Asked to suggest a subject for a debate by a branch of the Society of Authors, I suggested "Should authors become publishers?" and found myself leading the discussion a few weeks later. By the end of the session, and after publishing some 80 books the traditional way both as an author and a ghostwriter, I was convinced that it was time to grasp the nettle and take my own advice.
When printing was first invented authors published their books in joint ventures with printers and booksellers, raising extra money from patrons when needed. Publishing companies as we know them today only really arrived on the scene around 1750, but from then on authors spent all their time writing to please these business people, (and later the business people who set up as literary agents), before pleasing themselves and their potential readers. Now technology, ironically, allows us to turn the clocks back.
Charged with enthusiasm at the lifting of the scales from my eyes I realised I had a manuscript ready and waiting to be dispatched straight to the readers along the electronic highway that I could now see clearly stretching away in front of me.
"The Fabulous Dreams of Maggie de Beer" (https://www.smashwords.com/books/view/86679 ) is a sequel/prequel to "The Overnight Fame of Steffi McBride", a novel I published in the traditional way a couple of years ago. Maggie is Steffi's estranged mother and during the writing of Steffi's story I became increasingly intrigued by her.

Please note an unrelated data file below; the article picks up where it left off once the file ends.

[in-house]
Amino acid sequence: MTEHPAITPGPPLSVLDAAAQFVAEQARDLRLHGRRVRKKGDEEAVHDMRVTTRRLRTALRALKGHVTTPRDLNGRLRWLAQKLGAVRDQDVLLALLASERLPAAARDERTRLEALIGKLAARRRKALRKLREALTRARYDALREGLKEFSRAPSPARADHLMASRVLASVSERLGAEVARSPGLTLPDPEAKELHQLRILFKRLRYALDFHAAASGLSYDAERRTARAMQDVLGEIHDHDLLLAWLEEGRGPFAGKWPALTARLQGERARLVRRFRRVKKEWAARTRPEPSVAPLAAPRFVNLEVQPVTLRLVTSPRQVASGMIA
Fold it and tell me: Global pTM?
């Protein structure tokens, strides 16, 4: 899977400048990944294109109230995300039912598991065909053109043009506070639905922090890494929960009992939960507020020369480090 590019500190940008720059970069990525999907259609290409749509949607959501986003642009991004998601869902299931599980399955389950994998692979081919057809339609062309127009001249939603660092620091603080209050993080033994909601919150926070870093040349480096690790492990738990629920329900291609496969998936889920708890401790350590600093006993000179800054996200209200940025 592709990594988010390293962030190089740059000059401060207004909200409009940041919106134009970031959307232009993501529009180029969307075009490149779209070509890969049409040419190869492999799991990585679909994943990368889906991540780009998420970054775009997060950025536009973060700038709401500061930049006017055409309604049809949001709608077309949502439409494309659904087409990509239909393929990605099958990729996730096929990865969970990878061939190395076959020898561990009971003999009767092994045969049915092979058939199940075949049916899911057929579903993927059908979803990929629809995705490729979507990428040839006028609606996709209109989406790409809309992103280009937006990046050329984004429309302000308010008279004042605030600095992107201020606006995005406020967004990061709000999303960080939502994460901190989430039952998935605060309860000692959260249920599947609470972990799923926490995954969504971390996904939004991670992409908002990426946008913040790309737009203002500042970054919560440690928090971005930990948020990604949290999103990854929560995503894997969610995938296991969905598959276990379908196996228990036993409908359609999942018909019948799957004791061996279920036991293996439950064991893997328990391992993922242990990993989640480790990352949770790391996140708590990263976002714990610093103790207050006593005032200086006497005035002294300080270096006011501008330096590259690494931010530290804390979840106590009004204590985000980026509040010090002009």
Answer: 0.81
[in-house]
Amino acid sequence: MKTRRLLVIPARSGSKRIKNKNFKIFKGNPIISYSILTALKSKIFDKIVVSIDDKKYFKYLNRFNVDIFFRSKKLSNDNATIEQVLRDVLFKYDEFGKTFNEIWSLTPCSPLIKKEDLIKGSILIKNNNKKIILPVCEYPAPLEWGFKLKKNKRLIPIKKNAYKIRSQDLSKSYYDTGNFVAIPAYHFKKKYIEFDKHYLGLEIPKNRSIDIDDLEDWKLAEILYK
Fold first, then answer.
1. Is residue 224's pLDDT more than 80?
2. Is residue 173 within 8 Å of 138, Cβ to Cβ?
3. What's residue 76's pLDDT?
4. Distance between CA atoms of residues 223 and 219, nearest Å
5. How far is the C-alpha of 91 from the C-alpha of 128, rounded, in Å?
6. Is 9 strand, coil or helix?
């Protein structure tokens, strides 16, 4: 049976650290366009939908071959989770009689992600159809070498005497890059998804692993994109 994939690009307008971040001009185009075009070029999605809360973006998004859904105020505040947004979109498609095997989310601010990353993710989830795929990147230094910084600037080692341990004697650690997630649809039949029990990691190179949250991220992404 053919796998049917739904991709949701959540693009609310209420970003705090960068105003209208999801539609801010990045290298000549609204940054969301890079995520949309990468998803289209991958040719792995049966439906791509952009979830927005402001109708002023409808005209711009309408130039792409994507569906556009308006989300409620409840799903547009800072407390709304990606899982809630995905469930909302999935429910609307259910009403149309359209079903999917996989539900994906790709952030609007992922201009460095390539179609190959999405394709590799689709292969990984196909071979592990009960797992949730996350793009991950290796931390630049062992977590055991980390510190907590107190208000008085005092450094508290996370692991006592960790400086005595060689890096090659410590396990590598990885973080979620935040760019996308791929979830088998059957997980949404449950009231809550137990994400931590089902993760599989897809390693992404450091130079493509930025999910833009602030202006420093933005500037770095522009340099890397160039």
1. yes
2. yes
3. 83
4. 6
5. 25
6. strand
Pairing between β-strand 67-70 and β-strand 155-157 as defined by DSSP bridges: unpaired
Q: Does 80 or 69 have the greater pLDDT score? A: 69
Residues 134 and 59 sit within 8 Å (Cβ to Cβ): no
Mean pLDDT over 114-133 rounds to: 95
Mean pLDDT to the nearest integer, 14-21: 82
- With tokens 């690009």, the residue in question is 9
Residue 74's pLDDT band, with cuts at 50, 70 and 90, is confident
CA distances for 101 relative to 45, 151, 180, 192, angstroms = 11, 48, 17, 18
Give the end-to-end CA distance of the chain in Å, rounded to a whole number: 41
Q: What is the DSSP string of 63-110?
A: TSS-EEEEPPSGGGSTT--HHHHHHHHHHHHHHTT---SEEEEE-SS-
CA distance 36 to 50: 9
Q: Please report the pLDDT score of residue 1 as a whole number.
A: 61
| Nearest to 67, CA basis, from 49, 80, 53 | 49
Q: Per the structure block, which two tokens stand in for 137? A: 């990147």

Maggie left home in 1970, when she was only fifteen, and headed for London with the express aim of becoming famous. Her journey mirrors the rise of celebrity culture over the last forty years and the growth of the media which ruthlessly created it, exploiting and destroying girls like Maggie in the process. Despite the many terrible things she did I loved Maggie for her optimism in the face of endless set-backs and disappointments, always believing that her big break was just around the corner. She was determined to make herself "interesting" and only when she finally achieves her goal, at enormous personal cost, does she discover, under the full glare of the media spotlight, that the family she was running away from had secrets of their own.
All I needed was a brilliant cover and I was ready to go. I had already commissioned some photographs of one of my daughters to represent the young Maggie and the wonderful designer, Elliot Thomson of Preamptive, did the rest.